pav to have the cotton picked and it is
being1allowed to fall outon the ground;
and m some portions of Oregon, fields'
of wheat, containing hundred of acres'
are left unharvested. I
~ HIS LAST MESSAGE. "
GOV. TILLMAN ADDRESSES THE LEGISLATURE
THE LAST TIME.
A Report that Will be Ke:?l Witk Iuterest
by all, Whether Conservative or Tillmanitc?What
the Governor Kas Say
About Public Matters.
Gentlemen of the General Assembly:
I herewith present to your
honorable bodies this my fourth and
last Annual Message. Since my induction
into office four years ago, the
administration of the Executive Department
has been beset with difficulties.
Complex problems have forced
themselves forward for solution; reforms
of a radical nature have been
accomplished; abuses of long standing
have been corrected, or attempted
to he corrected, and the natural-result
has been that the period from March,
1800, to 1S95 has been one of intense
political activity, and will mark an
epoch in our annals to which the future
historian of the State must devote
more than a passing glance. During
this time there has been no perfunctory
performance of routine official duties
in the Executive office. The irrepressible
conflict between capital and
labor?between the corporations and
money on the one hand, and the people
on the other?which is fast mar
shaling the American people into opposing
political armies, lias been
waged here in South Carolina with
relentless fury. But, thank God,
Machiavelian cunning' and unscrupulous
political methods have been met
by honest patriotism and unflinching
regard for duty. The people have sustained
our eil'orts to make reform
mean something, and the victory lias
been with the State administration in
every essential particular. The corporations
have been forced to bow to
the rule of right and justice. The lawless
have been taught that a statute of
the State cannot with impunitv be annulled
by a mob. Equality of "burden.
wjtii eqality of benefit ana equality or
opportunity, is now more nearly a
rule than at any other period in our
recent history; and the march of
progress, while over rough roads, has
been steady. The people of the State
govern; the majority rules, and the
advance in education, in temperance,
in all that goes to make up a higher,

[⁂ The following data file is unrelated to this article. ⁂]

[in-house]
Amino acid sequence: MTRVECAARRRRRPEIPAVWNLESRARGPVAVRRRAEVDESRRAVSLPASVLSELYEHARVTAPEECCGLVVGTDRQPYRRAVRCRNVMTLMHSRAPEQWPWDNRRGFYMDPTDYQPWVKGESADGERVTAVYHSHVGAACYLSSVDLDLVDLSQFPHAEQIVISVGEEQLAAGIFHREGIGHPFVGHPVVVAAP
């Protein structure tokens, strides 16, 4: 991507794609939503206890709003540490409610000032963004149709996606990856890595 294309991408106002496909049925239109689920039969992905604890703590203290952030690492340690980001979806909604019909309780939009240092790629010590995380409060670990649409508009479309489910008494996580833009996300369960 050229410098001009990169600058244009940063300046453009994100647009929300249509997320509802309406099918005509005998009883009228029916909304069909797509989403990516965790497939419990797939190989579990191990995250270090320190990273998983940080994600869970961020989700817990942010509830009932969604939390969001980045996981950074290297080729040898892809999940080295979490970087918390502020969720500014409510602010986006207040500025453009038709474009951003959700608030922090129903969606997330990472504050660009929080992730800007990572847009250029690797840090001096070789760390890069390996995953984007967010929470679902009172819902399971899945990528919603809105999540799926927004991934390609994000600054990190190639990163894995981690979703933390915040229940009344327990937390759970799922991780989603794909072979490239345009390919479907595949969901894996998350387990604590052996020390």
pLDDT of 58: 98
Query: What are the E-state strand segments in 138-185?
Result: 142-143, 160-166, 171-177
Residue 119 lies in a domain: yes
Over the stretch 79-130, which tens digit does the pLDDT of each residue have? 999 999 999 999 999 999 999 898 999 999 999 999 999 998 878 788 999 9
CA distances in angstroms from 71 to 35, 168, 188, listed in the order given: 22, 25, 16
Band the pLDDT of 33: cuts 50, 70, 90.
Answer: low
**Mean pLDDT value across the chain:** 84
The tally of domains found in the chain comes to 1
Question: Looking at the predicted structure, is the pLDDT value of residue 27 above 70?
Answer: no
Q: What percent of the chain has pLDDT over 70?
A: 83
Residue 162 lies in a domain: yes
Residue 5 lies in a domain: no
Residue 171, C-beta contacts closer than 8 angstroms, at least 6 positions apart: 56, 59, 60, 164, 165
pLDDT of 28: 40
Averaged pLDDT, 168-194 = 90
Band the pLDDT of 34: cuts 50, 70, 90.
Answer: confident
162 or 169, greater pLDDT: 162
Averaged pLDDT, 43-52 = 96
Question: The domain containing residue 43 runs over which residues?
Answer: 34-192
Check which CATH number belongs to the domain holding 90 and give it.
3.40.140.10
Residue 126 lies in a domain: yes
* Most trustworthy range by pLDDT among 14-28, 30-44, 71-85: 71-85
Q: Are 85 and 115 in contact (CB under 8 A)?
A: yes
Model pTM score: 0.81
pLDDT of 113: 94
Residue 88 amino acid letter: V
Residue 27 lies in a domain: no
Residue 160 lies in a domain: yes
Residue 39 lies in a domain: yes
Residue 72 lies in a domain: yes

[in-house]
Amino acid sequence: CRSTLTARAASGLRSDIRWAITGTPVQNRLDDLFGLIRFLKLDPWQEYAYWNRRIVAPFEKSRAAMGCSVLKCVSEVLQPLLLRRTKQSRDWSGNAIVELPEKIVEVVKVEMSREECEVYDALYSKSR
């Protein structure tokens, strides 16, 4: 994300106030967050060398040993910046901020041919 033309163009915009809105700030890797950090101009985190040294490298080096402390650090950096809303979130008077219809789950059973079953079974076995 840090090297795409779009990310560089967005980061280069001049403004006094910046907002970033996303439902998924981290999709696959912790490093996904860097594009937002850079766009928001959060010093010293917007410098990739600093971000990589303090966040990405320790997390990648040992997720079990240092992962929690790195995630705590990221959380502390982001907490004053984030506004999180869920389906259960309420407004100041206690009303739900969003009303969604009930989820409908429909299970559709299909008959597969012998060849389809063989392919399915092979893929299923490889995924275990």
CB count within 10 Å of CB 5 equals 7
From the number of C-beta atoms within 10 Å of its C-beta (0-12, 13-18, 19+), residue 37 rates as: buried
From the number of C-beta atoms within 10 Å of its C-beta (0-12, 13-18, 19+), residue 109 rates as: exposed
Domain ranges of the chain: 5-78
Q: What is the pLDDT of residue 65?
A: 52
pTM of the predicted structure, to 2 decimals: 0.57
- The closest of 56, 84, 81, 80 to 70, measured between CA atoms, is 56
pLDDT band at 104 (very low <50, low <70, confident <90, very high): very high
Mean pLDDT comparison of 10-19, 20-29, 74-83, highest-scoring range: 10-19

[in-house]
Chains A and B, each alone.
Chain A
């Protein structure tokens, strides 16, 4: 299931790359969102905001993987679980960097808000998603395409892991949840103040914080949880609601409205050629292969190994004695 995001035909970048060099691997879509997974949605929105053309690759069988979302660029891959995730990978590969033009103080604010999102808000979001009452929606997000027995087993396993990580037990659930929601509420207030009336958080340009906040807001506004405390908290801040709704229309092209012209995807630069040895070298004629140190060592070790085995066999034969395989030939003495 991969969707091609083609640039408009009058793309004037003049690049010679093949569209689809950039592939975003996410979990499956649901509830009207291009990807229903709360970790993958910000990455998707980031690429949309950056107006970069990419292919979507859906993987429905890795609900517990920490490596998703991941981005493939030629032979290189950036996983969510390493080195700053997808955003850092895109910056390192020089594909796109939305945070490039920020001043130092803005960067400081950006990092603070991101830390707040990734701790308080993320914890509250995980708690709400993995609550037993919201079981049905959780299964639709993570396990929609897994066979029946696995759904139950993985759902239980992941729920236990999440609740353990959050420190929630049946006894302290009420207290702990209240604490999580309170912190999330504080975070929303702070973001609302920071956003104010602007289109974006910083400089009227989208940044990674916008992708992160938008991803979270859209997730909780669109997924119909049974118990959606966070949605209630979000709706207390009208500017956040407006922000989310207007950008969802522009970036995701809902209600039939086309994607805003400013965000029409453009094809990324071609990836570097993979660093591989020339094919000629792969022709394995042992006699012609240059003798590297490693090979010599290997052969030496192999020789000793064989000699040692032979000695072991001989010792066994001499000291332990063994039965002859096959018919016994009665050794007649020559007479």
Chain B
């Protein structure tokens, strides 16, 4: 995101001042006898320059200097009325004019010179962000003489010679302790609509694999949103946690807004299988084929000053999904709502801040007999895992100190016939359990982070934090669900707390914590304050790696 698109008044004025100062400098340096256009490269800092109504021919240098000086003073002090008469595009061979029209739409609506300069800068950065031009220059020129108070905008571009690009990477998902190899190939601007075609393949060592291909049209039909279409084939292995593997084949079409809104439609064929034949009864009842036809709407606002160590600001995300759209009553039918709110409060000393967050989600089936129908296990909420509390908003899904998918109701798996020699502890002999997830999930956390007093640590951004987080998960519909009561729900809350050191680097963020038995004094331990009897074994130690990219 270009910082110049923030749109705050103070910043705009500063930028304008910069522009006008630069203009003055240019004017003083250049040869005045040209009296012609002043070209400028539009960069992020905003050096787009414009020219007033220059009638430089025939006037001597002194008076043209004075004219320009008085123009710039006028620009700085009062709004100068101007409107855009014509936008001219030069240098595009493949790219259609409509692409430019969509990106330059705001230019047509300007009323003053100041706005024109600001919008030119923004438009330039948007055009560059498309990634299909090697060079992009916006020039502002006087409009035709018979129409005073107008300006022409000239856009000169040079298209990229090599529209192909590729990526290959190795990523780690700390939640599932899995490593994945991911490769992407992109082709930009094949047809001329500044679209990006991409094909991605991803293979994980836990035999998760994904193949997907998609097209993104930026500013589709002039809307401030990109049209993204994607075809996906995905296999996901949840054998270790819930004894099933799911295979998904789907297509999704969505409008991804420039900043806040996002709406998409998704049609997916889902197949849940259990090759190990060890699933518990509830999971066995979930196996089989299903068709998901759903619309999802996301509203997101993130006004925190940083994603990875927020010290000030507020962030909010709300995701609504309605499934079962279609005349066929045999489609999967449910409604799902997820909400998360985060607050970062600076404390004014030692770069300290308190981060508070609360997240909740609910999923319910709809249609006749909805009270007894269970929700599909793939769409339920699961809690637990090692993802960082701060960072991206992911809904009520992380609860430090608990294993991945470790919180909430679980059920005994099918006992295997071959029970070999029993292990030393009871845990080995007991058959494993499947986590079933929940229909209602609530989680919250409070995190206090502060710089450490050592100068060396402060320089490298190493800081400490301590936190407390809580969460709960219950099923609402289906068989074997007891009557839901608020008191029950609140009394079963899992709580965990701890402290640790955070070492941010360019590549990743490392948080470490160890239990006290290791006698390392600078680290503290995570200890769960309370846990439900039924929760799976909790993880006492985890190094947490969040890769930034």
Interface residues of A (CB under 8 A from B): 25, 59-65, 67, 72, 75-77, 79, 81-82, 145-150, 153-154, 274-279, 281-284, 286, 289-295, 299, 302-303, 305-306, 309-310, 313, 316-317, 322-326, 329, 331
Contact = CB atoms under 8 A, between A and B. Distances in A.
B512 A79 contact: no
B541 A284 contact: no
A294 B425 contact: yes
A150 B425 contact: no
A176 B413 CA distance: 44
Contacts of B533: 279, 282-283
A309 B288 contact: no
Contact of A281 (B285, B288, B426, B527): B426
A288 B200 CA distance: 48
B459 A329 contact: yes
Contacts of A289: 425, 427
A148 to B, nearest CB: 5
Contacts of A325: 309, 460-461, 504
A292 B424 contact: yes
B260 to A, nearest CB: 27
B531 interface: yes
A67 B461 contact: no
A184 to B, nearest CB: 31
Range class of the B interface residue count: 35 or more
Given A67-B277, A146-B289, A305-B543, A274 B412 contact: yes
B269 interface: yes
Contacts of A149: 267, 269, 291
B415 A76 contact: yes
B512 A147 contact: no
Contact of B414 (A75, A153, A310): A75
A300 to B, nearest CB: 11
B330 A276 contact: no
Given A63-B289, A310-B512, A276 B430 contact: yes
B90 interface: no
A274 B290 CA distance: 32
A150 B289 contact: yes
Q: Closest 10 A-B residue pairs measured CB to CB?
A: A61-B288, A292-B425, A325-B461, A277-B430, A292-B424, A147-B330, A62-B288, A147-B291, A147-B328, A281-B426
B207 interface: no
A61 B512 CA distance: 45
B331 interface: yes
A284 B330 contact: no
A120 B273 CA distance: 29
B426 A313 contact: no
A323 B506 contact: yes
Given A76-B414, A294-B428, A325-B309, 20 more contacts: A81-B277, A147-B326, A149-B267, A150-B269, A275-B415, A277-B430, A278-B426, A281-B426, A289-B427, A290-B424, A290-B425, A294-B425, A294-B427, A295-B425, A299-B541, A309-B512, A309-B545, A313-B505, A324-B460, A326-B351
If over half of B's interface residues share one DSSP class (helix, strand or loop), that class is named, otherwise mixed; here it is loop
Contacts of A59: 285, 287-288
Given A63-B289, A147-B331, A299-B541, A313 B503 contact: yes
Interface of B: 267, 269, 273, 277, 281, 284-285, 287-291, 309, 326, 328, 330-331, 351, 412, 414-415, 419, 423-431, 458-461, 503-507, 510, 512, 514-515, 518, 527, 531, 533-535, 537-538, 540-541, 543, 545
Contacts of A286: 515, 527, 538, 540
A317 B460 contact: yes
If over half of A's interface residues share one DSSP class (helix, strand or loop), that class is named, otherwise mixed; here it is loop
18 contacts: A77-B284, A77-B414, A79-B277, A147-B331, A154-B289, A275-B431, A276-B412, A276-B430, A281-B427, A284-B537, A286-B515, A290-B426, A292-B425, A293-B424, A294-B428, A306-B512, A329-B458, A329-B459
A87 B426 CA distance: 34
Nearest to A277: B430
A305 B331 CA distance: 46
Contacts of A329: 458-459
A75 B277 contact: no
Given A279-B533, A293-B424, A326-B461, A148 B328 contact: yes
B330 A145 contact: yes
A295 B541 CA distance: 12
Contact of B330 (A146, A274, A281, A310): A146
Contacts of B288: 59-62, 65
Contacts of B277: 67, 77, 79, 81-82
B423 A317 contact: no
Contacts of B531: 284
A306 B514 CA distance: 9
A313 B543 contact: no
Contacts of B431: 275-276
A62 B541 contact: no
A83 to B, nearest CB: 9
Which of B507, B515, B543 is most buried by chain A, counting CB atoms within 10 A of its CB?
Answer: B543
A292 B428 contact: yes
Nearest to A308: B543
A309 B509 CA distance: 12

better civilization and a more prosperous,
happy people, is marked. No unprejudiced
man can deny it. No
truthful man who will deal with facts
will deny it.
The representatives of the once privileged
classes will protest most vehemently.
The newspapers owned or
subsidized by the liquor dealers will
continue to howl and gnash their
teeth in ra^e that the godless traffic is
being slowly but surely taken from
tXICir UilLZXUiS U.I1U WULUICU nibULU jgasonable
and lawful bounds. But the
great mass of plain, business workingmen
and farmers know that what I
state is true.
I cannot expatiate or go into details,
but a brief recapitulation of the things
which have been accomplished by the
Reform movement in South Carolina
can l>est show the truth of what I assert.
1st. The erection and endownmcnt
of Clemson College.
- 2d. The overthrow of the Coosaw
3d. The just and equitable assessment
of taxes on railroads and other
corporations, and the victory in the
Courts compelling them to pay.
4th. The passage of the Dispensary
law and the destruction of the barrooms.
5tli. Refunding of the State debt,
which saves $78,000 a year in interest.
6th. The establishment of the Winthrop
Normal and Industrial College
7th. Election of the Railroad Commissioners
by the people, and allowing
them to fix passenger and freight
8th. The inauguration of the Primary
system of party nominations
for all offices in the gift of the people.
The last is not a function of government.
and belongs rather to party
management; but" by and through it,
and the battle fought to obtain it, all
the rest have come. By those who
have fought us so doggedly it will be
charged that the unity of the white
race has been destroyed, the Democratic
party riven asunder, and the
kindly feeling of our people for each
other replaced by factional bitterness